The day after the American military campaign began in Iraq, Medea Benjamin -- her pink dress soaked in ersatz blood, a plastic baby's foot dangling from a pink ribbon around her neck -- was leading an antiwar demonstration in Washington, D.C.
Back home in San Francisco, husband Kevin Danaher and daughter Arlen, 22, were part of the crowd raging through the streets, shutting down businesses and snarling traffic. Meanwhile, daughter Maya, 12, was with middle-school friends delivering an antiwar speech before thousands of people gathered at Civic Center Plaza.
The Benjamin-Danahers, who live in a snug two-story Victorian house here, are by no means a typical American family. The parents are co-founders of Global Exchange, a San Francisco-based "anti-corporate globalization" organization that figured prominently in the 1999 Seattle demonstrations against the World Trade Organization. Arlen, a recent UCLA honors graduate, spent her freshman year on the Westwood campus organizing a campaign against the student bookstore for selling products she said came from sweatshop labor.
But like other families of the American left, they have been galvanized by the war in Iraq.
Medea Benjamin, 50, a Long Island, N.Y., native has emerged as one of the high-profile leaders of the peace movement. Since November, her Code Pink women's organization has staged vigils, marches and sit-ins in the nation's capital.
The group's signature is the color pink, which Benjamin chose to disarm feminine stereotypes. Despite early criticism, the movement succeeded in attracting everyone from "naked, painted and pink" nude protesters to middle-class churchgoers in pink suits who attended prayer meetings.
"We realized the power of pink," Benjamin said this week.
After four months in Washington, Benjamin, who was a Green Party candidate for the U.S. Senate from California in 2000, said she had returned to San Francisco to reunite with her family and plan the next round of activism.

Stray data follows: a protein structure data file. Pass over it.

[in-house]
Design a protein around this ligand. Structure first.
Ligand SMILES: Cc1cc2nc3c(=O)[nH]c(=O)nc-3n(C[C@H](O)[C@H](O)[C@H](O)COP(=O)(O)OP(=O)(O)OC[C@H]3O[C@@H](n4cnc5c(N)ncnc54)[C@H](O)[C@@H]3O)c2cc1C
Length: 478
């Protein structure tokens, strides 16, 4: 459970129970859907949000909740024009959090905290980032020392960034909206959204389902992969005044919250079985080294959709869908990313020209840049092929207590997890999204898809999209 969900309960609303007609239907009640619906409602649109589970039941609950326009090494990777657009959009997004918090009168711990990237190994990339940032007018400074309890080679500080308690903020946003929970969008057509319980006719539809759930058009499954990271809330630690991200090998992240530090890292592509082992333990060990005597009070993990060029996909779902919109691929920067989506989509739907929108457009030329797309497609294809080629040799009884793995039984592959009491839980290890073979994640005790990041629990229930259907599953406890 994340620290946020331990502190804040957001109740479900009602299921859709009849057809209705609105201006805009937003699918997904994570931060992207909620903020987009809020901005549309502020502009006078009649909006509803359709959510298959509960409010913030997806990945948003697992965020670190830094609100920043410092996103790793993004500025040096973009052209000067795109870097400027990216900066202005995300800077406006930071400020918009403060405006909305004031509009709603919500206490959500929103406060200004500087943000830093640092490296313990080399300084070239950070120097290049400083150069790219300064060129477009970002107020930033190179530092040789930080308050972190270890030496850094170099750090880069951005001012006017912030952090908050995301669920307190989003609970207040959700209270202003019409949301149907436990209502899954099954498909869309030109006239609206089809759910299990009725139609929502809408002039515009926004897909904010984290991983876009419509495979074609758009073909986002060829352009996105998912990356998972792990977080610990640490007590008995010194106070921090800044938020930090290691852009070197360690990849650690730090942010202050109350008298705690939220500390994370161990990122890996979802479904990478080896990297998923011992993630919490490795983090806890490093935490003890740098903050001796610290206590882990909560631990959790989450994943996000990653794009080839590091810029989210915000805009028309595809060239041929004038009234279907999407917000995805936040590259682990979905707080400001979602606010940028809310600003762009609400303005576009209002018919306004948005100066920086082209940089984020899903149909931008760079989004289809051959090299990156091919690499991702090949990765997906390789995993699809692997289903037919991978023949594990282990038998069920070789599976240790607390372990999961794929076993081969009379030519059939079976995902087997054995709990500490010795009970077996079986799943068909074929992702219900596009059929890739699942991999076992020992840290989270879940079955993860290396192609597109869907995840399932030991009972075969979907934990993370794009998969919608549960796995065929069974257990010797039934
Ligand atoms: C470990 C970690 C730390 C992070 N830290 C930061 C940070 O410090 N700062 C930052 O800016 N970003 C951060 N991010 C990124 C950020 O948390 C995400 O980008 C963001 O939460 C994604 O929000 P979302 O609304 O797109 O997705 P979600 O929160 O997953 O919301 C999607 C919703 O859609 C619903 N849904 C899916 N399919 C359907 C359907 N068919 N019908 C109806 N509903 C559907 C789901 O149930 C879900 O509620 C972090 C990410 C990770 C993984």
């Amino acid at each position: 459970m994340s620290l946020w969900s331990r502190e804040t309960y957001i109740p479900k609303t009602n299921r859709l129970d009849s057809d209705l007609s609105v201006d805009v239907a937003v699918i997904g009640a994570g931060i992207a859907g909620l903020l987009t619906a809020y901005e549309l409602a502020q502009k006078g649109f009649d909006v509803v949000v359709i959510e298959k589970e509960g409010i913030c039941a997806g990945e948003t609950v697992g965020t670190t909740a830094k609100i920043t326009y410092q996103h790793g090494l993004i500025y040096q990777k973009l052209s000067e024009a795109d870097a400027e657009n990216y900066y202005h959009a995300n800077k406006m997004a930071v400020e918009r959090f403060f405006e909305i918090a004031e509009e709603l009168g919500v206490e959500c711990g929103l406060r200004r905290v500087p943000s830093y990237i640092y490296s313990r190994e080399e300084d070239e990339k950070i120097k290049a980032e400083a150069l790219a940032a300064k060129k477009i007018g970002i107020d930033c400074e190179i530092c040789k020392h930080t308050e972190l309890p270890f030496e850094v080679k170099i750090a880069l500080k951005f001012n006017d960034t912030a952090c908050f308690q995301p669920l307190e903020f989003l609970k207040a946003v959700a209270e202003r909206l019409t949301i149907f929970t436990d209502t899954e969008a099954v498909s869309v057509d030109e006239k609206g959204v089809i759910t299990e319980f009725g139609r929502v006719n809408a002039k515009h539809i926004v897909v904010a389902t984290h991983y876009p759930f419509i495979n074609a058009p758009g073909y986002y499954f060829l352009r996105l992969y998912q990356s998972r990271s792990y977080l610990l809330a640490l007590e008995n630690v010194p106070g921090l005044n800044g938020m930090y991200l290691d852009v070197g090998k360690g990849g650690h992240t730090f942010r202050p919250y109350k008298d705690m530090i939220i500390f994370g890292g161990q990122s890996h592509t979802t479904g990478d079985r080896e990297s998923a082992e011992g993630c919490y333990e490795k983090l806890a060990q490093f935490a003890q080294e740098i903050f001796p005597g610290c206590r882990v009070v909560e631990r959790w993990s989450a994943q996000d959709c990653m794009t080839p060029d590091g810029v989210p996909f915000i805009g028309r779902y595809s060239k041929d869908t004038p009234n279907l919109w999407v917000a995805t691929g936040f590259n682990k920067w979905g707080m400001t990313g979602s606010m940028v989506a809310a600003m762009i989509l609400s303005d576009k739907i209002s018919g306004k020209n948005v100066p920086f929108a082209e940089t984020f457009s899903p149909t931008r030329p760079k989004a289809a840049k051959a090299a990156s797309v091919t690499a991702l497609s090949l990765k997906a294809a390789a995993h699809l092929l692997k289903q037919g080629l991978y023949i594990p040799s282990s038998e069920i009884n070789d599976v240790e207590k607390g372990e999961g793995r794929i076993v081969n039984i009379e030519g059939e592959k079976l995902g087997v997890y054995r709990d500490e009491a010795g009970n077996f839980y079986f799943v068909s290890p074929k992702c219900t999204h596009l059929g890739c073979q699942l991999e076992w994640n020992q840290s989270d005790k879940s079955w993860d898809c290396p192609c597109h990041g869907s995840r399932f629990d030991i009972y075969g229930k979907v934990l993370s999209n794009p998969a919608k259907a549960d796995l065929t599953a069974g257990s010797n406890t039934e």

"Some people will take on the issue of civilian casualties," she predicted. "Other people will tackle the issue of how we are going to stop future invasions. A lot of people will want to focus on the United Nations. Others will focus on the companies that make money from the war."
While his wife was on the East Coast, Kevin Danaher, 52, a UC Santa Cruz PhD who specializes in global economic issues, said he played the role of "Mr. Mom" back home. "We are like any family," he said, "in that we want our kids to do well in school and lead happy, balanced lives."
When they founded the nonprofit Global Exchange organization in 1988, its first headquarters was in their home in the city's quiet Noe Valley section.
In addition to its central participation in the 1999 Seattle demonstrations, Global Exchange led a campaign against Nike and other U.S.-based companies with foreign operations. Global Exchange has an annual budget of $6 million, out of which Benjamin and Danaher are each paid $39,000, Danaher said.
Like much of today's antiwar movement, Global Exchange is a largely Internet-driven organization with a Web site at www.globalexchange.org. Similarly, computers are central to the Benjamin-Danaher household.
Each family member has a laptop, connected to a central high-speed household network. "Sometimes we message each other from across the room," joked Danaher, a former American University professor who has written several books.
On a recent morning, Arlen was hunched over her laptop reviewing her law school applications. Named for Nicaraguan revolutionary heroine Arlen Siu, she is Benjamin's daughter from her marriage to a Cuban she met while working for the United Nations food program in Africa.
"I grew up believing that protest lines and teach-ins were normal family outings," Arlen wrote in her law school application essay.
"I was born in Cuba to an Afro-Cuban father and Jewish-American mother, and the fact that I was named for the first woman to die fighting for the Nicaraguan [Sandinista] Revolution gives you an idea of my politically oriented upbringing."
With the help of her mother, one of Arlen's first acts at college was to track the origin of a UCLA T-shirt she received at freshman orientation. She said the research led back to a sweatshop in Honduras and, thus, to her later founding of a student organization to fight sweatshops.
Interviewed before she headed off to her seventh-grade classes in San Francisco, the youngest daughter, Maya Mandela Benjamin-Danaher -- whose middle name comes from the South African freedom fighter and eventual national leader -- said she was not always happy with her parents' peripatetic political activism.
"When I was little," Maya confessed, "I kind of hated it and resented my mom for always being away. But now it's kind of cool because I'm at that age where you don't really want your mom around all the time."
Both parents said they couldn't have been prouder of their 12-year-old during the antiwar demonstrations in San Francisco last week. Maya first walked out of her middle school with other students in protest. Then she took the stage at the Civic Center Plaza to speak for the group.
"I just talked about Bush and why I think he was wrong to go to war with Iraq," Maya said. "I just think there's lots of ways he could have solved the problem without going to war."